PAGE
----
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One doesn't see too many Danish noir thrillers released in the U.S., so it's difficult to know what to expect from something like ID:A. Fortunately, it's a tightly scripted number with compelling characters, and a central mystery that draws in the viewer.
We open to see a young woman, who we later come to know as Ida (Tuva Novotny), awake from unconsciousness half submerged in a river. She's been wounded, with a gash on her head, she has a heavy canvas bag next to her, and no memory of who she is. She stumbles to a nearby hotel, and finds that she's in France. She hits it off with the hotel owner's son Pierre (Arnaud Binard), and after checking in discovers that the bag is full of money and a gun. The plot thickens when two men come around looking for her, with clearly ill intent. She needs to leave, and quickly.
When Pierre tells her that she has a Danish accent, she determines to go to Denmark, to escape her pursuers and try to find out the truth about her past. On the bus ride, she overhears someone listening to the music of Just Ore (Fleming Onevold), and is deeply affected by it, inexplicably drawn to the singer. She goes to his next concert, and learns that he is her husband. She still has no memory of him, or her sister, or their friends, house, etc. The strange men are still following her, and she hires a private detective to find out who they are. Things begin to get quite complicated at this point. Somehow, this is all connected to her missing brother, arms sales to Palestinians, bank robberies, and the assassination of an EU politician, quite near to where she awoke in France.
The plot in outline sounds somewhat formulaic, and in its bare bones it is. But the execution is nearly flawless, and the working out of it so intricate, yet so effortless and organic that it rises above the pat feeling of the premise. Ida recovers her memories piecemeal, in flashes and spurts throughout the film. And then all in a rush, at a moment of what could be called extreme stress, the memories come flooding back, resulting in an extended flashback. This isn't handled clumsily, however, but quite the opposite. The flashback sequence builds and maintains its own tension, while filling in the missing pieces of Ida's fragmented experience.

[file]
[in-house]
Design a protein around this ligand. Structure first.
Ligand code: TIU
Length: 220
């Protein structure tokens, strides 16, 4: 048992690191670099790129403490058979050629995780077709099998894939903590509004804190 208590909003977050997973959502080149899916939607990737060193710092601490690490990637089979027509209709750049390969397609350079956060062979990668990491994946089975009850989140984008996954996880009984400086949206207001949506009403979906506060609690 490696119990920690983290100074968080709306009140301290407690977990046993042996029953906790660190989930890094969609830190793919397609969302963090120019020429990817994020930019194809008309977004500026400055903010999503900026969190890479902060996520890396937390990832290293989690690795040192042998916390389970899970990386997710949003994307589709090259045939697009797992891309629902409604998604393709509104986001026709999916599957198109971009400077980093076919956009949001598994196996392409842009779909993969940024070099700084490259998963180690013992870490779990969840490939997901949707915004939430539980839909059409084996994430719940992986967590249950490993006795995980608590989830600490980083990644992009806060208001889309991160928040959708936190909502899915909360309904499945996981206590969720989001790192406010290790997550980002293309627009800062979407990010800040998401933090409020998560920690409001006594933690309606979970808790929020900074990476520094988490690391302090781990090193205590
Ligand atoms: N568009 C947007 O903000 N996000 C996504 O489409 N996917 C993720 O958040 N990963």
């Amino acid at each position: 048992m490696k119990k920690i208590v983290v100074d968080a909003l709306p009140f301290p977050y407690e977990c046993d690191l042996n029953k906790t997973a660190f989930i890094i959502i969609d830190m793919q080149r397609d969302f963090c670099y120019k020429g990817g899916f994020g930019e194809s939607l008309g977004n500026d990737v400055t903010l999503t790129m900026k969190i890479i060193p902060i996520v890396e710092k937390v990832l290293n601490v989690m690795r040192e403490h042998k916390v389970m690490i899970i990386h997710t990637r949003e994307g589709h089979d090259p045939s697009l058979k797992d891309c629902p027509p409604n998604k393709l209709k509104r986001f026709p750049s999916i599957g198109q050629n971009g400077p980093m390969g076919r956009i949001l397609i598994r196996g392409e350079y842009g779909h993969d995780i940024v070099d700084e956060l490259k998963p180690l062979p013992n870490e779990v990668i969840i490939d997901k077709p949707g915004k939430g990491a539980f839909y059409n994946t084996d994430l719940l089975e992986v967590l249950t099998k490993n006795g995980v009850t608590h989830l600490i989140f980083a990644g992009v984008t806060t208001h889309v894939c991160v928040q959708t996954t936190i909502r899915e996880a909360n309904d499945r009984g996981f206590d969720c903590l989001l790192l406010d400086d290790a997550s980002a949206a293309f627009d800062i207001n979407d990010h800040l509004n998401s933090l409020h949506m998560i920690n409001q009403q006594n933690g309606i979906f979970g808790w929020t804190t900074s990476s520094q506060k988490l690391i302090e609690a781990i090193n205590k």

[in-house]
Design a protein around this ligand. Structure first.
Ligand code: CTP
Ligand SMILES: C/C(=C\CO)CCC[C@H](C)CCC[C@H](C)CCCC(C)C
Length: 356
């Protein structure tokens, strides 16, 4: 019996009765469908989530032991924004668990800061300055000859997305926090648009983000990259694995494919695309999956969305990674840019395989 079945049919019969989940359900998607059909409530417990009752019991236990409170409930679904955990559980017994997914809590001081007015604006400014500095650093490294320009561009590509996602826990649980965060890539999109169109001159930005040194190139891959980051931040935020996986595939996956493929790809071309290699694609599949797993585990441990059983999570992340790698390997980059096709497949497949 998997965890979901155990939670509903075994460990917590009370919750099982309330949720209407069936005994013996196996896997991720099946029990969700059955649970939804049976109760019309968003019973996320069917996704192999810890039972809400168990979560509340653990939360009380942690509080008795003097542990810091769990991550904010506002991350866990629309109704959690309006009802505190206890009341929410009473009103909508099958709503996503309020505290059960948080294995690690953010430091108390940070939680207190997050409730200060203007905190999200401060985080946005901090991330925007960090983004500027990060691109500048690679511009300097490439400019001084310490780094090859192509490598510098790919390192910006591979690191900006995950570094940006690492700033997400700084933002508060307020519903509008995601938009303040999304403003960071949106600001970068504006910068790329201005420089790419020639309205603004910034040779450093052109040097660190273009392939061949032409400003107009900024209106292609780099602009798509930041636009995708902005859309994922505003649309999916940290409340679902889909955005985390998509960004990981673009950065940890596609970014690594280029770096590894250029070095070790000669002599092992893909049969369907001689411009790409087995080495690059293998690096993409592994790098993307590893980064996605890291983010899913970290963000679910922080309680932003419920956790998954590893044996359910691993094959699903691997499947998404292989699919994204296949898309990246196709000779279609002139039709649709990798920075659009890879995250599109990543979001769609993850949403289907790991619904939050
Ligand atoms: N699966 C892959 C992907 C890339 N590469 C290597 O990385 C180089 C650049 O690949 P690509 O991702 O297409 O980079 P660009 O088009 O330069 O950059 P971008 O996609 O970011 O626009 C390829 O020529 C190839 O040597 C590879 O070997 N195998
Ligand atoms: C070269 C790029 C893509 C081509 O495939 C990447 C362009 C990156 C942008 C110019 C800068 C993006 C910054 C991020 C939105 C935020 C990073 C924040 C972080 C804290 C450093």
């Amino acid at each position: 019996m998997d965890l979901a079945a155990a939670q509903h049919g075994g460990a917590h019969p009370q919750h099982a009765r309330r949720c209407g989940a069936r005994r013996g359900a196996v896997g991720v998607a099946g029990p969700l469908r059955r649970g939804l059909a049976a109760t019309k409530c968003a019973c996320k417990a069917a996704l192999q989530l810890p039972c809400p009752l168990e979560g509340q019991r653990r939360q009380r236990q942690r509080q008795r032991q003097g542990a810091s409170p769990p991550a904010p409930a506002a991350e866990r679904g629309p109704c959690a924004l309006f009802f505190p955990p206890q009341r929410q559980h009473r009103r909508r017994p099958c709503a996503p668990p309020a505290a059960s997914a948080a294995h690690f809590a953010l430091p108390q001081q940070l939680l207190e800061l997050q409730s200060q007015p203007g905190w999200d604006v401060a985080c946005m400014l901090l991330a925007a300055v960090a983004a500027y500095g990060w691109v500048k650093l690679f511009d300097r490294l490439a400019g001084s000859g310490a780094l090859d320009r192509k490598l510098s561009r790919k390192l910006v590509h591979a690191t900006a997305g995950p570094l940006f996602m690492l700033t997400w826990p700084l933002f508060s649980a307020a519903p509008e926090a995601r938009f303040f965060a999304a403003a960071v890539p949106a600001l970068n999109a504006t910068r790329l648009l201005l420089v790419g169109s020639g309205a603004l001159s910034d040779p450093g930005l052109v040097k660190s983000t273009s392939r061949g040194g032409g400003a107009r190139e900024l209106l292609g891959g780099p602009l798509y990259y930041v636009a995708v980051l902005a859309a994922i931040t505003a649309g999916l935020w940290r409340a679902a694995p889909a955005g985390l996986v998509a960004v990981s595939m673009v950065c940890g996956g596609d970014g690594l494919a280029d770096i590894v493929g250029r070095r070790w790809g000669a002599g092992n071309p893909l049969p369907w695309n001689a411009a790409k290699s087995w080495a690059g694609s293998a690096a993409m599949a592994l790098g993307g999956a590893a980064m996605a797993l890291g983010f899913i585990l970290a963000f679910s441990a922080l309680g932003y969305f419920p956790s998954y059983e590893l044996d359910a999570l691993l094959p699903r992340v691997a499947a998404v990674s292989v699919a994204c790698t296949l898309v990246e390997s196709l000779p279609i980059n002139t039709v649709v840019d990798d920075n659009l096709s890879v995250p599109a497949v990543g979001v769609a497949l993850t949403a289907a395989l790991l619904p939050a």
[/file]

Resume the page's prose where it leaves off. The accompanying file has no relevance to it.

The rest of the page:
ID:A can be a bit brutal at times, but it is extremely effective. Novotny is superb as heroine and protagonist Ida, sexy or determined or emotive as needed. She has a strong supporting cast as well, with Carsten Bjornlund as her brother Martin providing the most powerful performance. The tale is complex, but never confusing or sluggish. It's tightly plotted, intense, with a few bursts of action here and there. And it's surprisingly sweet at its core, despite the sometimes nasty and cruel actions of its characters. The visual style is elegant and accomplished, and the direction is assured and competent. There really isn't anything to criticize here. Highly recommended.
The video is 2:35:1 anamorphic widescreen, and for the most part looks quite good. There are some heavy shadows from time to time, not surprising in a noir film, but the most evident problem is persistent posterization, which is mild but appears often.
Audio is Dolby digital 2 channel, in Danish, and sounds quite nice. The dialogue is always clearly audible (not really a problem for non-Danish speakers), and no hiss or other problem can be heard. English subtitles are included, but no alternate language tracks.
The only extra included is a trailer, coming in at 1:49, which, though stylish, is a little scant in the special features department.
ID:A is a strong film. It has a plot that at first blush is an old retread, but its inventive and accomplished telling saves it from mediocrity. The strong performances, willingness to take on the seamier side of modern life, and finely managed dramatic tension deliver a very satisfying and intellectually stimulating experience.